Smart Alec Software…

My Garmin 1000 died a a few weeks back. After 5 years and almost 1,000 rides, it was kind of like losing an old, familiar friend. I even wrote a blog tribute to it.

But all things must end, even ‘stay at home orders’, or at least so we are told. My new Garmin 830 arrived, and I got it configured and installed with only a few false starts and one call to tech support.

The 830 is quite nice. It is much smaller and lighter than the 1000. Since I am known to weigh everything that goes on my bike, I like losing a few grams here and there.

It also has some major software ‘upgrades’. If you wear a heart rate monitor and tell it your heart rate zones the device will let you know whether you are training enough or too much or too little. It will let you know when it detects a ‘New VO2 Max!” Which would be nice if I knew what a VO2 Max was.

During this panicdemic, I have been riding quite often, mostly from home. Sometimes I ignore the checkpoints at the county lines and take my bike up in the hills. I have been riding regularly enough and hard enough that the Garmin assures me my training load is ‘optimal’. Until yesterday, that is.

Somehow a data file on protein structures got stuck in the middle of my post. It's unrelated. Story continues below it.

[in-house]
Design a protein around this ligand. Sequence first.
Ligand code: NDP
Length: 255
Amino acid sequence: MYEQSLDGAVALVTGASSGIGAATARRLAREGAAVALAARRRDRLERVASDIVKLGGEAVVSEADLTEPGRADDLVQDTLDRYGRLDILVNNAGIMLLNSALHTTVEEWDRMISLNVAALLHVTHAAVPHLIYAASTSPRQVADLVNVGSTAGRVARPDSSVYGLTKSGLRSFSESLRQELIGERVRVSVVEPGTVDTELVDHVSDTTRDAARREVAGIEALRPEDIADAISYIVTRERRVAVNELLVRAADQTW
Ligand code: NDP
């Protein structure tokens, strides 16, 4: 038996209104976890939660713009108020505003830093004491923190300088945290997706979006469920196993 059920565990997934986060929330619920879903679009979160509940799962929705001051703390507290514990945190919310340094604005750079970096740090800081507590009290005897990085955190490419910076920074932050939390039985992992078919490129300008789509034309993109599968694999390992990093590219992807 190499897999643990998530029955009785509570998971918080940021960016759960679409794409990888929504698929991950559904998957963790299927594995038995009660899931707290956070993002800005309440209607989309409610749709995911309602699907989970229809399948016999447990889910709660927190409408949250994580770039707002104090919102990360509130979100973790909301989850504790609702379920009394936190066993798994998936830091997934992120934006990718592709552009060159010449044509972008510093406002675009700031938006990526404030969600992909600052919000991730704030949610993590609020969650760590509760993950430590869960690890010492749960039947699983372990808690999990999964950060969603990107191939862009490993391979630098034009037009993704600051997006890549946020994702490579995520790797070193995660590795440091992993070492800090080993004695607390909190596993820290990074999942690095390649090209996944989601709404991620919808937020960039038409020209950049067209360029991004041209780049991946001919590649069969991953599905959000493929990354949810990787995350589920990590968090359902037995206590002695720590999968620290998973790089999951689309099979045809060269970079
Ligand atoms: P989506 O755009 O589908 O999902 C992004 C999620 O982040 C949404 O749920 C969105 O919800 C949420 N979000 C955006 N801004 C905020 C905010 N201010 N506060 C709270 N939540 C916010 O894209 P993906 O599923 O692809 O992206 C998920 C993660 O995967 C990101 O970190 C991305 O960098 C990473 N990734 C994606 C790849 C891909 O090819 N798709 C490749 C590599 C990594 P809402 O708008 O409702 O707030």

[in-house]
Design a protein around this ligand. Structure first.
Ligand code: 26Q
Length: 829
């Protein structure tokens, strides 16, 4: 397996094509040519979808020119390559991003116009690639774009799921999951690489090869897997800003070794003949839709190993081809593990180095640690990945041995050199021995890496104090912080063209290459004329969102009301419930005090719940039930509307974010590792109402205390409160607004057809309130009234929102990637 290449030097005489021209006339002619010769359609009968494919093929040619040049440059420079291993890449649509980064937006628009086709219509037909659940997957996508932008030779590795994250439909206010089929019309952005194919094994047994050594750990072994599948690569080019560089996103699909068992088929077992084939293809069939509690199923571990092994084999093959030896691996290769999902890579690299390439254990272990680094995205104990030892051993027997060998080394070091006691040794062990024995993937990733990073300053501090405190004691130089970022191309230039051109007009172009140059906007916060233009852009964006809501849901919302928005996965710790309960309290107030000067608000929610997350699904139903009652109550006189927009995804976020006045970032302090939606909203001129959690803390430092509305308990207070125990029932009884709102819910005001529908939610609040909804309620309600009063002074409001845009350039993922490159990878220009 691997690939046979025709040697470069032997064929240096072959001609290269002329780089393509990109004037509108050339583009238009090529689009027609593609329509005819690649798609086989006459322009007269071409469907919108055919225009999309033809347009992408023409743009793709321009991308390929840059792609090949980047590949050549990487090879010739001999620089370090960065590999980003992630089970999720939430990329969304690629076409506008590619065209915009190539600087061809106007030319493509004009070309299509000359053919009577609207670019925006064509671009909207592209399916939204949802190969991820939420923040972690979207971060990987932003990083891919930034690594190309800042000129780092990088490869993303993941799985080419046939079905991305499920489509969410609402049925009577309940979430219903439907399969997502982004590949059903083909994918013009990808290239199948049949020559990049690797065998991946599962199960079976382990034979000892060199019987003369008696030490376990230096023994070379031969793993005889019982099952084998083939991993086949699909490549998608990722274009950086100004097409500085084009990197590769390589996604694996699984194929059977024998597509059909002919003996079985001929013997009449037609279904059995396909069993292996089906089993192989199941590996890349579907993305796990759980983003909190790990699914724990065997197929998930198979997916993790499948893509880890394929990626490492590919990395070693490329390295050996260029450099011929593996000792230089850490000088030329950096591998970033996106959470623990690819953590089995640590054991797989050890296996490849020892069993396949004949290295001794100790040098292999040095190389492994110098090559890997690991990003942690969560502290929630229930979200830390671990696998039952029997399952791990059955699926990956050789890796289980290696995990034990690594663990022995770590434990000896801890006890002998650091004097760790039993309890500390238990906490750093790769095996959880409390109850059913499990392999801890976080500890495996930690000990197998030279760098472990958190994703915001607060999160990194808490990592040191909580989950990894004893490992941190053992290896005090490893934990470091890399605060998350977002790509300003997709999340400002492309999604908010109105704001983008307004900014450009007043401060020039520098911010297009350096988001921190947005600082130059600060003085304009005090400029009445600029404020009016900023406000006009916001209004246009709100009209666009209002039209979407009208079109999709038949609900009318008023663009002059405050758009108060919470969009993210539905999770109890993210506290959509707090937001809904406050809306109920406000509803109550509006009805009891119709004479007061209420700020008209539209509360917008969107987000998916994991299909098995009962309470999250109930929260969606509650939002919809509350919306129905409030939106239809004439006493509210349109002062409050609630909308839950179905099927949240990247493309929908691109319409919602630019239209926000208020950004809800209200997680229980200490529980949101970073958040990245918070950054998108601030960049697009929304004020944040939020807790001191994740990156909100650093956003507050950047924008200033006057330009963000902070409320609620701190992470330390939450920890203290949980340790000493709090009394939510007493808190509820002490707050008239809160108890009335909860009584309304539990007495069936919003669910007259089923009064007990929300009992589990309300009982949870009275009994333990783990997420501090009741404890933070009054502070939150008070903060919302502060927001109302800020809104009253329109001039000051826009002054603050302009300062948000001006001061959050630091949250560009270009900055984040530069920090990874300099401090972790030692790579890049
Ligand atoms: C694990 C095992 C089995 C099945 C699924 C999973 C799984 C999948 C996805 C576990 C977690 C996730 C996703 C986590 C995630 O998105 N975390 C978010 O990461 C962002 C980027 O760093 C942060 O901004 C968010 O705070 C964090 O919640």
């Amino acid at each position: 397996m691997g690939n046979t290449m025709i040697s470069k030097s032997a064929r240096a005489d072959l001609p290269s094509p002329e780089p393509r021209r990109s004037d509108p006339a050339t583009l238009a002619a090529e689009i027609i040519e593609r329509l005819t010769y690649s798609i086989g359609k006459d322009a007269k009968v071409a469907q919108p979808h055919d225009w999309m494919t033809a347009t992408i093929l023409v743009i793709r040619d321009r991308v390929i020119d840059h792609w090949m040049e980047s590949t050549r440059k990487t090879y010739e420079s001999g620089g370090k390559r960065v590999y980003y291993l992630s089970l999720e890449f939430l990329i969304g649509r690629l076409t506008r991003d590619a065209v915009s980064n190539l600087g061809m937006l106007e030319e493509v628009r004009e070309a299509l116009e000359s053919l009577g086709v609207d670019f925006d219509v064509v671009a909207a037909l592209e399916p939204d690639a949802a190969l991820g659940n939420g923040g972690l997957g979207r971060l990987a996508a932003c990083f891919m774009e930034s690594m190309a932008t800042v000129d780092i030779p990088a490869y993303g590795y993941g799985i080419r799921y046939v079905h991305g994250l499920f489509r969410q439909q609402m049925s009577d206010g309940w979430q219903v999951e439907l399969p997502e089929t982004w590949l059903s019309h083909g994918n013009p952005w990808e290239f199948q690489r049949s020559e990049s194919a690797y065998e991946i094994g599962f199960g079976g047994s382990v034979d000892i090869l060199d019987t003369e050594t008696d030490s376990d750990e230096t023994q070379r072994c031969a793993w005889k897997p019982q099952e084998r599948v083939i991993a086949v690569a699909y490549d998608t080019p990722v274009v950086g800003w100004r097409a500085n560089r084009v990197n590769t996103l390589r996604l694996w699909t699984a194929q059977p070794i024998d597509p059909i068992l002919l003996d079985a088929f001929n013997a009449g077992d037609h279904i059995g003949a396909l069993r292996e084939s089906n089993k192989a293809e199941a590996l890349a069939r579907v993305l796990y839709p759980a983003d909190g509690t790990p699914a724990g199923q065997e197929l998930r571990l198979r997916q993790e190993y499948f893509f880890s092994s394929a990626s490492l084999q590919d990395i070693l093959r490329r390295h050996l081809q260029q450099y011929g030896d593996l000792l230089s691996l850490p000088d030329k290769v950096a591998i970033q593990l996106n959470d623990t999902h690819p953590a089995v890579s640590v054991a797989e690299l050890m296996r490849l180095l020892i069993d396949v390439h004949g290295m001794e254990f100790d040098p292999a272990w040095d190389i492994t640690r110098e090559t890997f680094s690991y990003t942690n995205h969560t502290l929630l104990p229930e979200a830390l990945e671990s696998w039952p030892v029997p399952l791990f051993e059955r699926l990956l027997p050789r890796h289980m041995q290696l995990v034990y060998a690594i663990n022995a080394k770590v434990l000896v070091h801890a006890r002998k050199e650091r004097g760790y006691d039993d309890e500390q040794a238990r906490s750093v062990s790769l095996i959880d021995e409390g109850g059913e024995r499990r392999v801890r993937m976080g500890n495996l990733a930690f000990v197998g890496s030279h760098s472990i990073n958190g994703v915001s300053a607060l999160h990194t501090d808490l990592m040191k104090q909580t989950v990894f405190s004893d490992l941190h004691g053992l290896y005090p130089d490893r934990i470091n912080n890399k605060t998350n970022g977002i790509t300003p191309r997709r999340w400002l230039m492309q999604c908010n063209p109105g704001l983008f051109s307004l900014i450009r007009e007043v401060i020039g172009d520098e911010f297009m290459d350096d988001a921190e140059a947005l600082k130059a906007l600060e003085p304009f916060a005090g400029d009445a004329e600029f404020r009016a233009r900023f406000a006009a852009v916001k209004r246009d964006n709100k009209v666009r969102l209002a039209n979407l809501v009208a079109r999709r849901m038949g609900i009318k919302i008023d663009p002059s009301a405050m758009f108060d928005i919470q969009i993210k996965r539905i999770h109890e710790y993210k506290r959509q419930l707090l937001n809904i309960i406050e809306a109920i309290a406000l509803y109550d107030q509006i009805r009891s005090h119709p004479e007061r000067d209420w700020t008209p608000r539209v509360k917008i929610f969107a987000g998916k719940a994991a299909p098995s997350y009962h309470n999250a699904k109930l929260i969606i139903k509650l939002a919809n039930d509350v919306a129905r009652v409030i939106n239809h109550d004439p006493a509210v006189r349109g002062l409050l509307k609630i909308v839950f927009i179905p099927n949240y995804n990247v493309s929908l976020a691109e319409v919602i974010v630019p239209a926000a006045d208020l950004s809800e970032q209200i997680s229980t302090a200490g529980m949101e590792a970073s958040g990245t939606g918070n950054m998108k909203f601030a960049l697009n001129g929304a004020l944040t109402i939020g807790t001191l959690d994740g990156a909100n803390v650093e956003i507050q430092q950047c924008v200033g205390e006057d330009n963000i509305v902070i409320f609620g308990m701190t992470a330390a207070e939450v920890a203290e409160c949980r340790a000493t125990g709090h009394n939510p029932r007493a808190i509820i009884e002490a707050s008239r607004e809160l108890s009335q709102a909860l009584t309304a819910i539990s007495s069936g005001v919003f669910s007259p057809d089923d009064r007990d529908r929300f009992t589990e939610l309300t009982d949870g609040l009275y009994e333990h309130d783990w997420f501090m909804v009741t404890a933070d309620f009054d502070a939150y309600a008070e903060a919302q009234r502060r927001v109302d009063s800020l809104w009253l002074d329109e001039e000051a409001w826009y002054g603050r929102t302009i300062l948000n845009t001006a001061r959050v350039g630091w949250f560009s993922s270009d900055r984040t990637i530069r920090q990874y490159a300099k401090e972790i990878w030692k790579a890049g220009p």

Steve and I headed south to Escalon to visit Dr. Carl. We did not leave the county in the car, but on the bike we did sneak over the Stanislaus River into the neighboring county a couple of times. The good doctor has had some health challenges which he is dealing with as well as possible. He is a very fine rider who has been advised to keep his heart rate below a certain number. He got an e bike (battery assisted) so he could still ride with his friends.

We did a very easy 23 miles, keeping social distance and watching for guards on the county lines. My Garmin was unimpressed.

This is the first time I have been informed that there was ‘no benefit’ to a ride. Usually if I ride easy I get a ‘recovery’ sticker to put on my refrigerator, but my Garmin seems quite judgmental.

Another thing the computer tells you after a ride is how long you need to recover before you are ready to make another effort. Usually I am advised something like 12 to 20 hours. One memorable day last year in the Pyrenees, after 75 miles and 12,000 feet of steep mountain roads, I was informed I needed 72 hours to recover. But we climbed Hautacam (5000 feet) the very next morning.

Yesterday my recovery time was ‘0 hours’. A new low. I need to get some software with better manners.

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